It is unclear whether cow tipping is actually practiced anywhere, or whether anyone has ever successfully tipped a cow. Some people claim that cow tipping is nothing but an urban legend. There are a number of problems with the traditional account of cow tipping. First, cows don't sleep standing. (Though horses do.) Second, a grown cow weighs on the order of 700 kg (1,500 pounds) and is unlikely to be budged by even the most determined human or small group, though it may be annoyed. Significantly less force would be required to completely flip a king-sized bed.
Some versions of the cow tipping story attempt to evade these objections. Some claim, for example, that although cows lie down to dream, they can still doze while standing. These alternate stories can also be refuted.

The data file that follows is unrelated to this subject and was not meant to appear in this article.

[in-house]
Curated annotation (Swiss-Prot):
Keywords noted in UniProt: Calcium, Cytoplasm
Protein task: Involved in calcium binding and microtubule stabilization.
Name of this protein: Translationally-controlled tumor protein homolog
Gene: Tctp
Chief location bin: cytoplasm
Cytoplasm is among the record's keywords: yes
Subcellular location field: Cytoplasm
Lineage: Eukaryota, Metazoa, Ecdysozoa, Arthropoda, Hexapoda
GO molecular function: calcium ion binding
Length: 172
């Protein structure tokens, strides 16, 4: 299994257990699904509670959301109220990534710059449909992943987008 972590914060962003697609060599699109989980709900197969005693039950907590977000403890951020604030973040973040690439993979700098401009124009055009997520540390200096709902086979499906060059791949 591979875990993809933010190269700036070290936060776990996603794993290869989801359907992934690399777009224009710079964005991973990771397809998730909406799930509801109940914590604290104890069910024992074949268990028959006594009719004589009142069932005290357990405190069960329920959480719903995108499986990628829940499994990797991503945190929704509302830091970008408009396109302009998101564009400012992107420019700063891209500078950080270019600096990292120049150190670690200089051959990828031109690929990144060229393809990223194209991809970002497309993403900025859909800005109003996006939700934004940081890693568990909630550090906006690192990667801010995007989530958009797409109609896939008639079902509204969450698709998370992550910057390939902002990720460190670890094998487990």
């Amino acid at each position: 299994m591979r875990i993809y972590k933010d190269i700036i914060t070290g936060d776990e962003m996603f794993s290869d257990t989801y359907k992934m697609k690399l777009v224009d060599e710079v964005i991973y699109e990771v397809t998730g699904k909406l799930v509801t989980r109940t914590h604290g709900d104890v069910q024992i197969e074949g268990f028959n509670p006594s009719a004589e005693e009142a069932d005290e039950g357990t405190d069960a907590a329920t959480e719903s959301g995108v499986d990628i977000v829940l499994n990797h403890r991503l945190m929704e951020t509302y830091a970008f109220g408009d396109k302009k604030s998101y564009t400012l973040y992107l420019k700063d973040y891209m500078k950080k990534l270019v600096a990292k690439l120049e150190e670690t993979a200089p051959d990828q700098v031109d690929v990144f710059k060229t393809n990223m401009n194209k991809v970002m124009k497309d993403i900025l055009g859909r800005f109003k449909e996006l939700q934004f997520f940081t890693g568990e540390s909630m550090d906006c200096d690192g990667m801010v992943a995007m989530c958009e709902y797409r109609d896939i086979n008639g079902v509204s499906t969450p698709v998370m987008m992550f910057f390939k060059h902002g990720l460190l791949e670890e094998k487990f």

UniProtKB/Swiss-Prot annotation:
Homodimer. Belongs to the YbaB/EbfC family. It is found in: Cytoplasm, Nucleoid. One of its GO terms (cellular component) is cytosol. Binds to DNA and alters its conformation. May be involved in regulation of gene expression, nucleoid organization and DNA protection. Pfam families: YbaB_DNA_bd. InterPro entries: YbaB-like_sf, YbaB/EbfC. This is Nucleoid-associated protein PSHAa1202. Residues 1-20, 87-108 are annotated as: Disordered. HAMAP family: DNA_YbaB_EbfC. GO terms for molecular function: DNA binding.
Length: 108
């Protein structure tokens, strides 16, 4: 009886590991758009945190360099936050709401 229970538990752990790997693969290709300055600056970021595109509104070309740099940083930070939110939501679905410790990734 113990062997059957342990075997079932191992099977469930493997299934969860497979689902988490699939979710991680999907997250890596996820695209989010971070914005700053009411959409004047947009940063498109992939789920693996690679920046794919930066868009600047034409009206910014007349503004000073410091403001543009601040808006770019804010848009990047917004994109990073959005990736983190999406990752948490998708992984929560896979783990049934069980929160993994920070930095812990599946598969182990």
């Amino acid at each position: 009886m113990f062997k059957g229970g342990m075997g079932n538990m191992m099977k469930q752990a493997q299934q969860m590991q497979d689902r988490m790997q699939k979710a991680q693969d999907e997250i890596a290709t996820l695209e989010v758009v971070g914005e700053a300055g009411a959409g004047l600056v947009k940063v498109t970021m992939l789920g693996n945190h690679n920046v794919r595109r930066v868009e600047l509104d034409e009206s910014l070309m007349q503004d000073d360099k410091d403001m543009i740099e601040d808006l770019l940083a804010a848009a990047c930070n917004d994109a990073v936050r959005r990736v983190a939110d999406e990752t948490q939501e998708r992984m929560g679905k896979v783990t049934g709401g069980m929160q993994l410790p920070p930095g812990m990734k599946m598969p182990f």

Cow tipping has been compared to a snipe hunt; both may be fabrications which rural teens use to lure unsuspecting city kids into pastures at night in order to ridicule them.
Cow tipping arguably became real for many moviegoers who saw the film Heathers, in which a couple of jocks perform this stunt. Regardless of the number of attempted cow tippings prior to the film, it may have inspired some new attempts.
Some farm communities have passed laws prohibiting cow tipping, as the activity is likely to result in injury to the prospective tippers and/or to the cow. However, a cow awakened by an attempted tipping would presumably be the less injured party (both in terms of physical harm and loss of dignity) after such an undertaking.
The cow tipping legend probably draws its strength from the fact that cows are incredibly funny.
The following web sites debunk the notion that cow tipping is actually a practiced activity: